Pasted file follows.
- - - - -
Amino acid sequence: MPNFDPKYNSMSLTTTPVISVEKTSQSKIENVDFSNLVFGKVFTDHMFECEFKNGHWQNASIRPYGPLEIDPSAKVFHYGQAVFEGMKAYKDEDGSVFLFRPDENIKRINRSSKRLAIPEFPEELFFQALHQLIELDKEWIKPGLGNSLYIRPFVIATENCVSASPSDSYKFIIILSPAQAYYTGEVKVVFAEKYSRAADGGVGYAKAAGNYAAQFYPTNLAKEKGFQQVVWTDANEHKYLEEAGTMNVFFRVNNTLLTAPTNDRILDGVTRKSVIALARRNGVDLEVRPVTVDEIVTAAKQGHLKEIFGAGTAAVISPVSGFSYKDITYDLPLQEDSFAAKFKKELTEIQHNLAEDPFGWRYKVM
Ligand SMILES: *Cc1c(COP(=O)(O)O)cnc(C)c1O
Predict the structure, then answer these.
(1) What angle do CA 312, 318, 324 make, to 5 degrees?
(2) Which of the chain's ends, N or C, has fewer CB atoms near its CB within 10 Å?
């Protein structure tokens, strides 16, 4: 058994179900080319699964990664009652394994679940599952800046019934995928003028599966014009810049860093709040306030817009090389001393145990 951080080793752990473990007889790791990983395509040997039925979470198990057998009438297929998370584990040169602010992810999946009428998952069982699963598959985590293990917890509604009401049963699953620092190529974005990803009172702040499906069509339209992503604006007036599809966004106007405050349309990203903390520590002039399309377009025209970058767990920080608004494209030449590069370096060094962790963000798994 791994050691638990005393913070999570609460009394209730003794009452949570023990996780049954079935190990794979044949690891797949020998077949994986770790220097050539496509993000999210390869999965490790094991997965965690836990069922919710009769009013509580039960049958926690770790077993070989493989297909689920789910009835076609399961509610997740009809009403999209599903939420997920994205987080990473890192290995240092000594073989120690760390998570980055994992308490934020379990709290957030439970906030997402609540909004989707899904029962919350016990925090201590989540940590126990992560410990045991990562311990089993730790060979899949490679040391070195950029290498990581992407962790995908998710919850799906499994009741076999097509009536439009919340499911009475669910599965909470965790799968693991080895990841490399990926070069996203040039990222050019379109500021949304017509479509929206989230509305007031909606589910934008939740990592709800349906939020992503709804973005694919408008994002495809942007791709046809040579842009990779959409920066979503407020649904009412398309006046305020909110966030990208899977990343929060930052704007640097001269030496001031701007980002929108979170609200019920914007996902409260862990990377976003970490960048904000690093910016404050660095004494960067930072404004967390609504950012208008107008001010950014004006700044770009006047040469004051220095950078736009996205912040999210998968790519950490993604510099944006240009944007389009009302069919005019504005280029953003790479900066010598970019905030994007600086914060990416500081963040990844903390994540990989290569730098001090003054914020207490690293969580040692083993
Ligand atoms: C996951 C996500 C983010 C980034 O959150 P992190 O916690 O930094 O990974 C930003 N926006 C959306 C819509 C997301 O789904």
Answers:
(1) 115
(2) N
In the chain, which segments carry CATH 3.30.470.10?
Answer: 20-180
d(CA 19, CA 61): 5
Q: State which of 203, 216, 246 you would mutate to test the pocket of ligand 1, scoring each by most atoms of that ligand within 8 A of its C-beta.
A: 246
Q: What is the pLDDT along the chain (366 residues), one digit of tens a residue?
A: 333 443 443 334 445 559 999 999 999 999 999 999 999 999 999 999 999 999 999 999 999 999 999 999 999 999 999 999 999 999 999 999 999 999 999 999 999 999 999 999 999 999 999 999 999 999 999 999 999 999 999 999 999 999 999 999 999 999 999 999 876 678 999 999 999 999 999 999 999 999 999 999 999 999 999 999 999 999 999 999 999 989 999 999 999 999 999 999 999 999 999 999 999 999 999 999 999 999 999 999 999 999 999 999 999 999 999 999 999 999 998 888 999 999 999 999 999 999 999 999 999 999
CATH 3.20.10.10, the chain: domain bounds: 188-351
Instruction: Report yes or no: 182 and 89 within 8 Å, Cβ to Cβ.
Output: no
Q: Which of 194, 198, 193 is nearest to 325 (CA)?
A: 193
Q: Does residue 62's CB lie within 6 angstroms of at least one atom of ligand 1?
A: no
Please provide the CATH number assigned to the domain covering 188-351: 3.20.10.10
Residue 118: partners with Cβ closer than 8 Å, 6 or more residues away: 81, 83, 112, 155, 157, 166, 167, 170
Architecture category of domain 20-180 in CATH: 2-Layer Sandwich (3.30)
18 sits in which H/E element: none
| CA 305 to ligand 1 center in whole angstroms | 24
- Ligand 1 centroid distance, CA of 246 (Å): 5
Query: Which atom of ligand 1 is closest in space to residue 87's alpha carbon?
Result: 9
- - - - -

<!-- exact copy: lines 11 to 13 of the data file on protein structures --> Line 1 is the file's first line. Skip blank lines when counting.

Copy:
In the chain, which segments carry CATH 3.30.470.10?
Answer: 20-180
d(CA 19, CA 61): 5